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Hoffmann, R. A wiki for the life sciences where authorship matters. Nature Genetics (2008)

Recombinant growth differentiation factor-9 (GDF-9) enhances growth and differentiation of cultured early ovarian follicles.

Transgenic mice with deletion of the GDF-9 (growth differentiation factor-9) gene are characterized by the arrest of ovarian follicle development at the primary stage. Based on the hypothesis that GDF-9 is important for early follicle development, we isolated rat GDF-9 complementary DNA (cDNA) and generated recombinant GDF-9 protein to study its physiological role. Using bacteria-derived GDF-9-glutathione S-transferase ( GST) fusion protein, specific antibodies to the mature form of GDF-9 was generated. Immunohistochemical staining of ovarian sections indicated the localization of GDF-9 protein in the oocyte of primary, secondary and preantral follicles, whereas immunoblotting demonstrated the secretion of GDF-9 by mammalian cells transfected with GDF-9 cDNAs. Recombinant GDF-9 was shown to be an N-glycosylated protein capable of stimulating early follicle development. Growth of preantral follicles isolated from immature rats was enhanced by treatment with either GDF-9 or FSH whereas the combined treatment showed an additive effect. In addition, treatment with GDF-9, like forskolin, also stimulated inhibin-alpha content in explants of neonatal ovaries. In contrast, the stimulatory effects of GDF-9 were not mimicked by amino-terminal tagged GDF-9 that was apparently not bioactive. Thus, the present study demonstrates the important role of GDF-9 in early follicle growth and differentiation. The availability of recombinant bioactive GDF-9 allows future studies on the physiological role of GDF-9 in ovarian development in vivo.[1]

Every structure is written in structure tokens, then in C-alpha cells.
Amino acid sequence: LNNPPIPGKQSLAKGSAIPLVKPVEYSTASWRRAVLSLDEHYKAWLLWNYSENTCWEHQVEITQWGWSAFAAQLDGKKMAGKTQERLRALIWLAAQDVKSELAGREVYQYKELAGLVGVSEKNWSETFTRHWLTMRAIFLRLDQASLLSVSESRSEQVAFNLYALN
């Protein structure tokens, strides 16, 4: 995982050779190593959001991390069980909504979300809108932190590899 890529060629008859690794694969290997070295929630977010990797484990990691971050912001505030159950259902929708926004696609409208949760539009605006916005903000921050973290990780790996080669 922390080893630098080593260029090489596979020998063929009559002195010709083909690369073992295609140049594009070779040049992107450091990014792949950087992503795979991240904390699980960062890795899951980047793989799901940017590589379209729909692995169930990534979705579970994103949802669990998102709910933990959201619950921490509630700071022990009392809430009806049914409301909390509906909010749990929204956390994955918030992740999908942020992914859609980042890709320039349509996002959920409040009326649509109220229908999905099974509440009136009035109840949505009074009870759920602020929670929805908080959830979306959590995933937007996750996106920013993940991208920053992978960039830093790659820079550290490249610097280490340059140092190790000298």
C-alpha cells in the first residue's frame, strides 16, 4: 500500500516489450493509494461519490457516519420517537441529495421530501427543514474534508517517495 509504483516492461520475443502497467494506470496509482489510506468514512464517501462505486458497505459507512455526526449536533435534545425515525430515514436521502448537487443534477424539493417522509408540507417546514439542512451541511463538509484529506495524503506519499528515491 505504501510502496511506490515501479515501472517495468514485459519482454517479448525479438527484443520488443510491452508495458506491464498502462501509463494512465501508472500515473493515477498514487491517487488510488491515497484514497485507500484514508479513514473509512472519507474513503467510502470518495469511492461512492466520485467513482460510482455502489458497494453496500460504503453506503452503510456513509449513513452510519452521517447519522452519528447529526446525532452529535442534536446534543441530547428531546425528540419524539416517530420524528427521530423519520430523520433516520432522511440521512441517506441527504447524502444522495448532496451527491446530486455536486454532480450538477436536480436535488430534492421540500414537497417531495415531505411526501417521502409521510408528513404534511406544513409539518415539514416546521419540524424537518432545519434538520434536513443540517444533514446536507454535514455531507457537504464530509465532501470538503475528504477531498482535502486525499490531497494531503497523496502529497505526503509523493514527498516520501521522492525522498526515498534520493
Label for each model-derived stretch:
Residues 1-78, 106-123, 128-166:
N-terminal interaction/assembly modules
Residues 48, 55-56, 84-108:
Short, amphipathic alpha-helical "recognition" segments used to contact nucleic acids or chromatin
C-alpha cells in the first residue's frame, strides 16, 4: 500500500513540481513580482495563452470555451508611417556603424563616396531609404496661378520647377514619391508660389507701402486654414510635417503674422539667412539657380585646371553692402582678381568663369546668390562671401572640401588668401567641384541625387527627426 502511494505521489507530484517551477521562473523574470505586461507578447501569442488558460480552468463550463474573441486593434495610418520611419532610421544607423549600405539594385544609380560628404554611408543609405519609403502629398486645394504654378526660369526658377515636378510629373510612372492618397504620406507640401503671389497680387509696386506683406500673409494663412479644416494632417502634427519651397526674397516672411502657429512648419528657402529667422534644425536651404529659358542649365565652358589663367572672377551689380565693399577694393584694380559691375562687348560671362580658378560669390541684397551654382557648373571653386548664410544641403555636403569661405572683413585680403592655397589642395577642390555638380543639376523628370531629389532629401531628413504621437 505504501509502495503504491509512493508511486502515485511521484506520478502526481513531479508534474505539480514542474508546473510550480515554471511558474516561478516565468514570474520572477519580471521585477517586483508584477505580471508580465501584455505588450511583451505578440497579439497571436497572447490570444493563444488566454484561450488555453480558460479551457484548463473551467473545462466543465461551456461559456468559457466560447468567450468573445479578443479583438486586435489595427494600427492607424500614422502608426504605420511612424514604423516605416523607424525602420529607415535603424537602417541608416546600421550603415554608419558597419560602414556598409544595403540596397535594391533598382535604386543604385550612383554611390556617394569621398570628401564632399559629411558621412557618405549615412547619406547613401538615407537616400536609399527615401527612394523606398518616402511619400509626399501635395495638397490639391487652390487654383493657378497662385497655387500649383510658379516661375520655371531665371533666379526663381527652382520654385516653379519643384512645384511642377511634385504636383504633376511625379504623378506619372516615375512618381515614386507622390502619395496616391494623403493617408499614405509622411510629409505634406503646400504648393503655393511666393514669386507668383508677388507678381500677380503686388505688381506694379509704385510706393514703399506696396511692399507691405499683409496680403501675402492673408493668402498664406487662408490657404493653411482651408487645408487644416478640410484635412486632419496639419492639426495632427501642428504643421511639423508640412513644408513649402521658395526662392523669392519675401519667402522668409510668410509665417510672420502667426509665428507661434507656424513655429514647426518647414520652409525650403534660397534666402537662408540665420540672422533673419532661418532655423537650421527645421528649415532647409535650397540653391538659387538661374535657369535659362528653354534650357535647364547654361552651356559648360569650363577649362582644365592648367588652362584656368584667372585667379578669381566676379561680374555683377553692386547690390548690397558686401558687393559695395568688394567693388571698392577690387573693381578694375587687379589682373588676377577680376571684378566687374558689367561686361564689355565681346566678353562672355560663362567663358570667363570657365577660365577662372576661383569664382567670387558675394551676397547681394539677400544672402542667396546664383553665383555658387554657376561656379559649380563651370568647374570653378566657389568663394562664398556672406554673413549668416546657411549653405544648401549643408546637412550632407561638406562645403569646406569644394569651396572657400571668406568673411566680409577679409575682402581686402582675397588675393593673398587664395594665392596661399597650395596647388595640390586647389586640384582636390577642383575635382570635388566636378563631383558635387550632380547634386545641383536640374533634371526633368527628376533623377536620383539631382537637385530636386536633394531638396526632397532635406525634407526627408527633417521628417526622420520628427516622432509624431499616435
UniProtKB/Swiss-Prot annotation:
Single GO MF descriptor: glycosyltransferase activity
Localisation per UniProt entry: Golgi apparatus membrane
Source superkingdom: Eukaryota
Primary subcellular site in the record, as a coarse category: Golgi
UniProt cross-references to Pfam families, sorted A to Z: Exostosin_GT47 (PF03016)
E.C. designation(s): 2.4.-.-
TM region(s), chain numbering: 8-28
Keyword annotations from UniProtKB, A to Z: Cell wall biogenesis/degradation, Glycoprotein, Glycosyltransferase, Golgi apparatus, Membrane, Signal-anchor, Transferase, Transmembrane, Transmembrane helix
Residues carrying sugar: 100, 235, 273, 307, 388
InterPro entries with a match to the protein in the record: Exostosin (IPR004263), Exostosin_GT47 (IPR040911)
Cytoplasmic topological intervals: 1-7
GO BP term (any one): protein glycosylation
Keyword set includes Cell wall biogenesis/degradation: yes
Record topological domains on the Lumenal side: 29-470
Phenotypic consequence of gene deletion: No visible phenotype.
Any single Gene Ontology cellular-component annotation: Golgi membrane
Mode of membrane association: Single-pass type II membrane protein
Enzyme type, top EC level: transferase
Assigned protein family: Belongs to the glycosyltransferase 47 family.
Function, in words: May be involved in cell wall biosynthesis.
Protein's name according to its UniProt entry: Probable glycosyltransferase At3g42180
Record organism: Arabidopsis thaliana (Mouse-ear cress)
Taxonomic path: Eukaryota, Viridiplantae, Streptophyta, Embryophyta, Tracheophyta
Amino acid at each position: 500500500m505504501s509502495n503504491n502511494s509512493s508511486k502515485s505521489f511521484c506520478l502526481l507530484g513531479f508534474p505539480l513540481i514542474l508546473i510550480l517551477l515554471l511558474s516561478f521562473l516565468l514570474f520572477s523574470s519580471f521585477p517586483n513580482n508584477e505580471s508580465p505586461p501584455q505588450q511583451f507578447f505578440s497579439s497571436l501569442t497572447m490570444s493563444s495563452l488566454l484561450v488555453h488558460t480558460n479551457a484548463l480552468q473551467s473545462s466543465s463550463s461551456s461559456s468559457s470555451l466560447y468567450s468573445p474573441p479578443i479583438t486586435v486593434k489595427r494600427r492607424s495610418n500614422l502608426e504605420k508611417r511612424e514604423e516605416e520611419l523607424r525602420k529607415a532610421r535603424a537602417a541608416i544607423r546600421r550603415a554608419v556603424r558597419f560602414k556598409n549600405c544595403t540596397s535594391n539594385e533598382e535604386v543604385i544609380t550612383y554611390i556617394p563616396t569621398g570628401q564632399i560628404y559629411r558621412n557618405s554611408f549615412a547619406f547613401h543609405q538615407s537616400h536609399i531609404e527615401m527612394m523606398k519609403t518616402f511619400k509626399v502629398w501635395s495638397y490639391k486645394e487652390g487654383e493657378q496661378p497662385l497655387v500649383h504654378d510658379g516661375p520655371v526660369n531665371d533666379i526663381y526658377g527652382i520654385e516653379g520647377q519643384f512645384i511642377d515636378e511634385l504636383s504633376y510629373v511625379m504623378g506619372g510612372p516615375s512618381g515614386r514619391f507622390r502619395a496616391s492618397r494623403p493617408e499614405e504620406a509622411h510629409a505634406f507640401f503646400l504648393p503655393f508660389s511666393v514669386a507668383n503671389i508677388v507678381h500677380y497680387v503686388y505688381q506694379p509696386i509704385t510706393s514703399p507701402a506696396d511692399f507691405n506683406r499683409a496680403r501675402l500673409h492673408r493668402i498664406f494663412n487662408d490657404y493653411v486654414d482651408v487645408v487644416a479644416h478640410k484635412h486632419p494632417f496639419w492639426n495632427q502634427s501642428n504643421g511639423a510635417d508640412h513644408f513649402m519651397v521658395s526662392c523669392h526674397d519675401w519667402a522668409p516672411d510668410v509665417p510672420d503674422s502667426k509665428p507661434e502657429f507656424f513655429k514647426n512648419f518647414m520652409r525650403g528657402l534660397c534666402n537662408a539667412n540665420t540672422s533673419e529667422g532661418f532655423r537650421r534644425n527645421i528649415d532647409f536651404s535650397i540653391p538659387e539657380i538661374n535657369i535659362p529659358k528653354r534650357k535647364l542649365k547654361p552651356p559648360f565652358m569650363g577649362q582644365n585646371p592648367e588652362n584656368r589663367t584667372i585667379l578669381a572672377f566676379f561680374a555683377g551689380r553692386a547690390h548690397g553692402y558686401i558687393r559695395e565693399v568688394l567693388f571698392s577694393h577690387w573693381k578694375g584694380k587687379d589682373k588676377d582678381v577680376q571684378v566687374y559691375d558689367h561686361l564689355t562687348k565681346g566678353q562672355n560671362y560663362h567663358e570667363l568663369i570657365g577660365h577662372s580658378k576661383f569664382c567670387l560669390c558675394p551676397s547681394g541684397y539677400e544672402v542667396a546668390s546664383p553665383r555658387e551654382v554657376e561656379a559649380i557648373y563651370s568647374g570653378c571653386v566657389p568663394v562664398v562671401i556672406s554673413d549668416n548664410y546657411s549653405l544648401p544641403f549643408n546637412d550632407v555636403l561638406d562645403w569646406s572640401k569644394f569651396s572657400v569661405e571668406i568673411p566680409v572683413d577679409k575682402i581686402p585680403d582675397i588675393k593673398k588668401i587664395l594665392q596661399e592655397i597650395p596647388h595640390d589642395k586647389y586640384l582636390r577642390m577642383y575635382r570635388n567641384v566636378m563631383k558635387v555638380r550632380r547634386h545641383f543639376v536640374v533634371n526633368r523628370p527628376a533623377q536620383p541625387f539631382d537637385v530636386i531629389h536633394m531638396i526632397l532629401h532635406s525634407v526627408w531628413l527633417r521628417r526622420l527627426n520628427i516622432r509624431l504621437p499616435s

1. Recombinant growth differentiation factor-9 (GDF-9) enhances growth and differentiation of cultured early ovarian follicles. Hayashi, M., McGee, E.A., Min, G., Klein, C., Rose, U.M., van Duin, M., Hsueh, A.J. Endocrinology (1999) [Pubmed]
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